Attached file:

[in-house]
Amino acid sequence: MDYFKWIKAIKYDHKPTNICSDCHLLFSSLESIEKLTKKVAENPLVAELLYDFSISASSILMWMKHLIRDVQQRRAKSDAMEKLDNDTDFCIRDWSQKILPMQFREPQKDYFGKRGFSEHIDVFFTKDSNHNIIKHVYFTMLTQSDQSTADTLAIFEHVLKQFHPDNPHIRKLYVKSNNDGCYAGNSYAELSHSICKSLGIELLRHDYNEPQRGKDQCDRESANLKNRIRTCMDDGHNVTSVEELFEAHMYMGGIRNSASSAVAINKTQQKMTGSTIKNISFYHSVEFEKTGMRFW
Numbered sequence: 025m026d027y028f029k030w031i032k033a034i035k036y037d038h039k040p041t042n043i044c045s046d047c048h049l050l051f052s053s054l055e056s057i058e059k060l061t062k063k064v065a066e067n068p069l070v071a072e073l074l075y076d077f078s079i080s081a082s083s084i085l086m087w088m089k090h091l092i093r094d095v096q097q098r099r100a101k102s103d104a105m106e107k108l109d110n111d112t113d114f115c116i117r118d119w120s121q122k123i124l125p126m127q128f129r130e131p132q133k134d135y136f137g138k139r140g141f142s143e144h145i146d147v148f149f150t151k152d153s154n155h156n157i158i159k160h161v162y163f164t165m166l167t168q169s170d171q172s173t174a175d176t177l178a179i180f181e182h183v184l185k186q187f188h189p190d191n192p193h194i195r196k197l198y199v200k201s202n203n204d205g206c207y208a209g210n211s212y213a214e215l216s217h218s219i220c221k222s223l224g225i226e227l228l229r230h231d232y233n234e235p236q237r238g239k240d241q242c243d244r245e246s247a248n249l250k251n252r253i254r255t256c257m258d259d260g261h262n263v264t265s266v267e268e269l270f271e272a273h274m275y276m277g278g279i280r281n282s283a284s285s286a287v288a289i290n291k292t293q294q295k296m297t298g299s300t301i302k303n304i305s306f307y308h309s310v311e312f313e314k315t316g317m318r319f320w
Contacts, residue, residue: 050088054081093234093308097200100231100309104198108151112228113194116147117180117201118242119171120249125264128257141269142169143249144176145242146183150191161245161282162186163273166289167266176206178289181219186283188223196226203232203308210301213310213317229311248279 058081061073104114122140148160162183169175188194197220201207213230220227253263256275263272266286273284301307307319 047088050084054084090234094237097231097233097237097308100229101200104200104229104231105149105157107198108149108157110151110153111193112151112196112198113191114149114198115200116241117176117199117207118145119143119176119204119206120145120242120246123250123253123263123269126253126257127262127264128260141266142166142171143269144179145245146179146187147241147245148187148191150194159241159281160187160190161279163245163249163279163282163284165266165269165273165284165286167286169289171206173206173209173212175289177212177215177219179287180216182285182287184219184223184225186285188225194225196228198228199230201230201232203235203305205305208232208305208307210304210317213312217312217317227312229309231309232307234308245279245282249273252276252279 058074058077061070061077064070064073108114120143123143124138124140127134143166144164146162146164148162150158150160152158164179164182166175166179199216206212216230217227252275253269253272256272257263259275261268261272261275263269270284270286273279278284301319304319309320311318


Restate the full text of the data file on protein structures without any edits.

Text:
[in-house]
Amino acid sequence: MDYFKWIKAIKYDHKPTNICSDCHLLFSSLESIEKLTKKVAENPLVAELLYDFSISASSILMWMKHLIRDVQQRRAKSDAMEKLDNDTDFCIRDWSQKILPMQFREPQKDYFGKRGFSEHIDVFFTKDSNHNIIKHVYFTMLTQSDQSTADTLAIFEHVLKQFHPDNPHIRKLYVKSNNDGCYAGNSYAELSHSICKSLGIELLRHDYNEPQRGKDQCDRESANLKNRIRTCMDDGHNVTSVEELFEAHMYMGGIRNSASSAVAINKTQQKMTGSTIKNISFYHSVEFEKTGMRFW
Numbered sequence: 025m026d027y028f029k030w031i032k033a034i035k036y037d038h039k040p041t042n043i044c045s046d047c048h049l050l051f052s053s054l055e056s057i058e059k060l061t062k063k064v065a066e067n068p069l070v071a072e073l074l075y076d077f078s079i080s081a082s083s084i085l086m087w088m089k090h091l092i093r094d095v096q097q098r099r100a101k102s103d104a105m106e107k108l109d110n111d112t113d114f115c116i117r118d119w120s121q122k123i124l125p126m127q128f129r130e131p132q133k134d135y136f137g138k139r140g141f142s143e144h145i146d147v148f149f150t151k152d153s154n155h156n157i158i159k160h161v162y163f164t165m166l167t168q169s170d171q172s173t174a175d176t177l178a179i180f181e182h183v184l185k186q187f188h189p190d191n192p193h194i195r196k197l198y199v200k201s202n203n204d205g206c207y208a209g210n211s212y213a214e215l216s217h218s219i220c221k222s223l224g225i226e227l228l229r230h231d232y233n234e235p236q237r238g239k240d241q242c243d244r245e246s247a248n249l250k251n252r253i254r255t256c257m258d259d260g261h262n263v264t265s266v267e268e269l270f271e272a273h274m275y276m277g278g279i280r281n282s283a284s285s286a287v288a289i290n291k292t293q294q295k296m297t298g299s300t301i302k303n304i305s306f307y308h309s310v311e312f313e314k315t316g317m318r319f320w
Contacts, residue, residue: 050088054081093234093308097200100231100309104198108151112228113194116147117180117201118242119171120249125264128257141269142169143249144176145242146183150191161245161282162186163273166289167266176206178289181219186283188223196226203232203308210301213310213317229311248279 058081061073104114122140148160162183169175188194197220201207213230220227253263256275263272266286273284301307307319 047088050084054084090234094237097231097233097237097308100229101200104200104229104231105149105157107198108149108157110151110153111193112151112196112198113191114149114198115200116241117176117199117207118145119143119176119204119206120145120242120246123250123253123263123269126253126257127262127264128260141266142166142171143269144179145245146179146187147241147245148187148191150194159241159281160187160190161279163245163249163279163282163284165266165269165273165284165286167286169289171206173206173209173212175289177212177215177219179287180216182285182287184219184223184225186285188225194225196228198228199230201230201232203235203305205305208232208305208307210304210317213312217312217317227312229309231309232307234308245279245282249273252276252279 058074058077061070061077064070064073108114120143123143124138124140127134143166144164146162146164148162150158150160152158164179164182166175166179199216206212216230217227252275253269253272256272257263259275261268261272261275263269270284270286273279278284301319304319309320311318